It can be seen from the metal flow trends shown in Figure 2 that with the invasion of the roller, the metals in the ACDO region gradually flow into the ABC region and the region outside the AB border. The new inflowing metals force the metal in the ABC region to flow to the AB boundary. In the flowing process, because the metals near the top position of the roller (especially near the C point on the CD online) flow under the direct compression force of the roller, the flow rate is the largest. As a result, the most uneven plastic flow occurred in this region. The CA line, due to the metals near point C, suffered much greater rolling stress than did the area near point A, and the resistance of the metal flow in the ABC area is greater than that to the flow along the line CA. Therefore, when deformation occurs, parts of the metals at C point in the ACDO area flow into the ABC region, and other parts flow along the CA line direction. However, close to point A, the flow pattern weakens gradually. Therefore, the degree of unevenness on the metal plastic flow gradually decreases along the CA line direction, as does the residual stress. However, in the ABC region, since the metal is subjected to indirect forces of the roller from flowing, the force and metal plastic flow are relatively uniform.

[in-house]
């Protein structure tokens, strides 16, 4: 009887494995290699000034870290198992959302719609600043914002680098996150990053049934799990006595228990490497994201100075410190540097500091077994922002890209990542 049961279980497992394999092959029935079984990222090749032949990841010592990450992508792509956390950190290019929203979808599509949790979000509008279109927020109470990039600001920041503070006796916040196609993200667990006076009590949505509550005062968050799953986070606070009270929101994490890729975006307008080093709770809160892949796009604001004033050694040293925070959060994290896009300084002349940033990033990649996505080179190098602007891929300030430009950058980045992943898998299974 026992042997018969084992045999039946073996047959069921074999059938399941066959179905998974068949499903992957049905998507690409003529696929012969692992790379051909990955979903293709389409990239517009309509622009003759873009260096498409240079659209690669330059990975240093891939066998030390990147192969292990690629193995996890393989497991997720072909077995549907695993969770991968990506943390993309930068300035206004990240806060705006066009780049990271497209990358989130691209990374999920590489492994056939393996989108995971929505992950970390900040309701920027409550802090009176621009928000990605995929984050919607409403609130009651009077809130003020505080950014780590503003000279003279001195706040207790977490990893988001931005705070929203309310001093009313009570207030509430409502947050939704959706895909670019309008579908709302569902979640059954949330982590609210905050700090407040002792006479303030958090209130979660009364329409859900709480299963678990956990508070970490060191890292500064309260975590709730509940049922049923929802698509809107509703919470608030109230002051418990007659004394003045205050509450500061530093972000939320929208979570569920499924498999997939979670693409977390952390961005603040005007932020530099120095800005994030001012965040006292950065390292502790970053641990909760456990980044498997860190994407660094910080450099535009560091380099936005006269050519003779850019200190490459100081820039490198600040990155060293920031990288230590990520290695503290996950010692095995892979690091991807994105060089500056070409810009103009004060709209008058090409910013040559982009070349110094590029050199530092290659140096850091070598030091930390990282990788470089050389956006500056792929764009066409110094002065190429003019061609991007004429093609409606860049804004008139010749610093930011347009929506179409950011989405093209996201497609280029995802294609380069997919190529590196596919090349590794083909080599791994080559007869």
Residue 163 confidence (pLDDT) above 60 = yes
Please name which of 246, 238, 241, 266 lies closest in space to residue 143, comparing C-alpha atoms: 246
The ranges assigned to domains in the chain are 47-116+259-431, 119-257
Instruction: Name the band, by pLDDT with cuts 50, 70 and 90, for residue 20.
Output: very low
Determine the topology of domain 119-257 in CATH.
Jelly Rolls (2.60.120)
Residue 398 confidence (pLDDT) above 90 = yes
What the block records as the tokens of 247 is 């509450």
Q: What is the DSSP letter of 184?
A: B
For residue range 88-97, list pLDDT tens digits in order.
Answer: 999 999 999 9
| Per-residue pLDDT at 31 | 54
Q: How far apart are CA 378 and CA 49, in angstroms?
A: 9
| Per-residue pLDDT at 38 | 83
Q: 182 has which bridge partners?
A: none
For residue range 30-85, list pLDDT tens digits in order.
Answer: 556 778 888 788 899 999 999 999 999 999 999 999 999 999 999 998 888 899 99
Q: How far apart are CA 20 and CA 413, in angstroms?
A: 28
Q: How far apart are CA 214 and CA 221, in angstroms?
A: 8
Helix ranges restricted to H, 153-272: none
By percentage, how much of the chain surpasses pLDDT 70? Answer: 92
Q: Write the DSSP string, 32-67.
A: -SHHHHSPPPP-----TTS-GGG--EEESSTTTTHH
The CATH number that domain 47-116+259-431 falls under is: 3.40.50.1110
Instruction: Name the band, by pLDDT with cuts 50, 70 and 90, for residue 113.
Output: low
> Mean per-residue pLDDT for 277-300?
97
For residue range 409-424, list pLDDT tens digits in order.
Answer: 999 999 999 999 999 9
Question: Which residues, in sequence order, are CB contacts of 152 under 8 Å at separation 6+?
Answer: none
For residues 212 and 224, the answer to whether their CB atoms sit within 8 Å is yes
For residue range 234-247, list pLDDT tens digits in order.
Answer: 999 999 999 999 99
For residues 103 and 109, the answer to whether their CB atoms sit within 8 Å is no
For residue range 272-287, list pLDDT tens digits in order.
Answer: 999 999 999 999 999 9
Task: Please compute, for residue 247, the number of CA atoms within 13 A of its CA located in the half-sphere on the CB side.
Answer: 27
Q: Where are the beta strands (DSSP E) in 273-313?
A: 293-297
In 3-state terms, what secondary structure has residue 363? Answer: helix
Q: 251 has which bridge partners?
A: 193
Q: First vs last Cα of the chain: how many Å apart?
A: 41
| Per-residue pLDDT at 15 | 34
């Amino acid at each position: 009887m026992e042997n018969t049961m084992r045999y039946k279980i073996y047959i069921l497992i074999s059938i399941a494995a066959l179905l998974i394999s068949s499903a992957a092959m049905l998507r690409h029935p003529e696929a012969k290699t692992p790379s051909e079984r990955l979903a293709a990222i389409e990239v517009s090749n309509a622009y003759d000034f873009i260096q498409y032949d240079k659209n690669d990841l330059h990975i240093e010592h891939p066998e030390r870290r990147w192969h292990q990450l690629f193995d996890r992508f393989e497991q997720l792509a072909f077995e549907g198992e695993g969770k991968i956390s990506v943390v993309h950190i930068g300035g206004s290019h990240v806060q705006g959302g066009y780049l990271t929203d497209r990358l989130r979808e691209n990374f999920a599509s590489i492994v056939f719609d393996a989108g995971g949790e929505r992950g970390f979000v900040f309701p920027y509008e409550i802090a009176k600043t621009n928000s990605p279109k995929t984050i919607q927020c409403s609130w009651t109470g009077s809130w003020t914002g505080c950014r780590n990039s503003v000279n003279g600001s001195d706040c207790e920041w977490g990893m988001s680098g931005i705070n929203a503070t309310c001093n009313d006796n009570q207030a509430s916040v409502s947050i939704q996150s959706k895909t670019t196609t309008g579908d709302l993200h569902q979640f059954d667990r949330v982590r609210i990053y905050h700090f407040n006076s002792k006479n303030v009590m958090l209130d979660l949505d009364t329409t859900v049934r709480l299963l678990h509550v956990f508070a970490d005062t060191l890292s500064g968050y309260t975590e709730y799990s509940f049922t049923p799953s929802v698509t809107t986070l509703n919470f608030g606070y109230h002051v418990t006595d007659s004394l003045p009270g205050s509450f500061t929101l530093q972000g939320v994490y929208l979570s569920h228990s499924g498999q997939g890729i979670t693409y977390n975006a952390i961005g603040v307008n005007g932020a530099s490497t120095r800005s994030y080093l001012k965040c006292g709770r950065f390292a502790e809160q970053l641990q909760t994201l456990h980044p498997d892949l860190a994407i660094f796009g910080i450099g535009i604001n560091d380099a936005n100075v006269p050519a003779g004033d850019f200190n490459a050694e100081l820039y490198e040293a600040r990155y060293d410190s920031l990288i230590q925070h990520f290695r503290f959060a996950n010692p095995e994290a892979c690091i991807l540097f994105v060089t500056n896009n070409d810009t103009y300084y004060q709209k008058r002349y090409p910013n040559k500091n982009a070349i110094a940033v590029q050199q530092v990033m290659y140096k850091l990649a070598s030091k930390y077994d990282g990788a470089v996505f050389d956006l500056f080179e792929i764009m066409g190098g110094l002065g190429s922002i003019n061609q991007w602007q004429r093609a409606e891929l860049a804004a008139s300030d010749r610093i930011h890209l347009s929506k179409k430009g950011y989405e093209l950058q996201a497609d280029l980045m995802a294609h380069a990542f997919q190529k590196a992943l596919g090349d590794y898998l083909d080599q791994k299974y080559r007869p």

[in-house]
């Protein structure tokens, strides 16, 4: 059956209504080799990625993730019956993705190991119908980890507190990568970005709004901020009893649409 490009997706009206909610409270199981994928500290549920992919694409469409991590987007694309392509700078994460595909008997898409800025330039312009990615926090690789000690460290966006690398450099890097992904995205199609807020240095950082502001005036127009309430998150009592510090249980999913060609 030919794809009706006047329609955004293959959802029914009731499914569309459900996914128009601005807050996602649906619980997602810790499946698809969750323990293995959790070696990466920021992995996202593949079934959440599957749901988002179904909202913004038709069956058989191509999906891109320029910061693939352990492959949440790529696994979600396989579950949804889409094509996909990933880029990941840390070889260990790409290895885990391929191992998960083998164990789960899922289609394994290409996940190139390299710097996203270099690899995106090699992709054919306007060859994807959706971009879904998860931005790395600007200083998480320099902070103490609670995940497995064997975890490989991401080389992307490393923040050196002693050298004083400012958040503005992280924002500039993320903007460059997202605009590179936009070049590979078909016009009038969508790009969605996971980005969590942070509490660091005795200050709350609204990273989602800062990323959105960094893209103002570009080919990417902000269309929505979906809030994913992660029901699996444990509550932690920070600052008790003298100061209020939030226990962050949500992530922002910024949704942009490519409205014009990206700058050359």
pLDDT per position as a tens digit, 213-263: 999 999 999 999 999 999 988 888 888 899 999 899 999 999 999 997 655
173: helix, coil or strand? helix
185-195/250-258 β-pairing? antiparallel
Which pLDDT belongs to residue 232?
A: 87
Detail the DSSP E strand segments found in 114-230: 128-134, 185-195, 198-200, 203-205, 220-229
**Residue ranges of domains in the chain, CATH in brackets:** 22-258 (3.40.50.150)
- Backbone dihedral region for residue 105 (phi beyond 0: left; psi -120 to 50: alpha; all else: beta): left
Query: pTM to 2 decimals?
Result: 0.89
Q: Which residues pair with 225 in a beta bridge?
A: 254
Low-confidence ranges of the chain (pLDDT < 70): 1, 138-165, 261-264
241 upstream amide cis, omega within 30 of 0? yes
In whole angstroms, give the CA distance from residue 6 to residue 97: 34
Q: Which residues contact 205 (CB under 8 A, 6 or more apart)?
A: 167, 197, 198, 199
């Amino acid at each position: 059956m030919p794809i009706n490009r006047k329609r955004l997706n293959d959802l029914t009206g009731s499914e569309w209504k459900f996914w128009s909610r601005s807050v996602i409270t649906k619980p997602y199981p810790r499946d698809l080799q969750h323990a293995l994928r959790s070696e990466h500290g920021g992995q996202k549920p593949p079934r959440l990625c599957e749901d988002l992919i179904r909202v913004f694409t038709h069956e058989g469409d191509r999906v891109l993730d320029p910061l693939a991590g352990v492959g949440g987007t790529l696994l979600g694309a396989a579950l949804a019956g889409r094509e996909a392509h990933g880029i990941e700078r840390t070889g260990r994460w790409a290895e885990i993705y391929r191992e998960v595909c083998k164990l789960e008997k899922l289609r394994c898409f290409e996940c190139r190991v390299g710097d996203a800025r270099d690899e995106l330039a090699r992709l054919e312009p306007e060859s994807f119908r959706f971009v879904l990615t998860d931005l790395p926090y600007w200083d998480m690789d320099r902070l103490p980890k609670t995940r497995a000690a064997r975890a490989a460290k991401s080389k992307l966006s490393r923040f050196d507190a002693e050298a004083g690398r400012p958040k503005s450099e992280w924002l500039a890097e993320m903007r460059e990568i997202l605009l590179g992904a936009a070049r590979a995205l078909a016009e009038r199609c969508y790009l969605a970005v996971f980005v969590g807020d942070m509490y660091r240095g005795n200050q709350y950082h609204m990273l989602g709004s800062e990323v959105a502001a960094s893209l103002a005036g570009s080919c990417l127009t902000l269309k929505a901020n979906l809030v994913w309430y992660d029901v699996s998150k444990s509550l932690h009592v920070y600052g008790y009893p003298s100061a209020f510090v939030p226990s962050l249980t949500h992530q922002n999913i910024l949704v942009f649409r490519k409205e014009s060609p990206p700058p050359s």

2.2. Residual Stress Forming of the Complex Functional Profile under High-Speed Cold Roll-Beating

It is known from the above analysis that due to the nature of the metal material and the effect of the changing force during the cold roll-beating forming process, the metallic material flow of the workpiece cannot be uniform, leading to the interaction of the plastic deformation portion and the elastic deformation portion inside the workpiece structure. Finally, an elastic stress field is formed. Under the dual action of the elastic stress field recovery and plastic deformation hindrance, the internal residual stress is produced. The formation diagram is shown in Figure 3. The metal flowing at different depth layers during the forming process is described in Figure 3(a), and the generation model of residual stress is described in Figure 3(b).

Figure 3: Schematic form of residual stress. (a) Metal flowing. (b) Generation model of residual stress.

In Figure 3(a), the OX axis represents the flow direction of the metal surface layer, and the OY axis represents the thickness of the workpiece metal layer. The OA segment is the elastic deformation area. The AB segment shows the elastic-plastic deformation zone. The BC section is the plastic deformation zone. In Figure 3(b), the and axes indicate the workpiece material strain and stress, respectively. OA, AB, and BC represent the elastic deformation stage, yield stage, and effective plastic strain-strengthening stage, respectively. Without considering the plastic deformation of the material, point D is the maximum stress that the material can achieve before reaching the material’s strain limit. Point D′ is the residual stress produced by the ideal elastic recovery action after the external force is removed.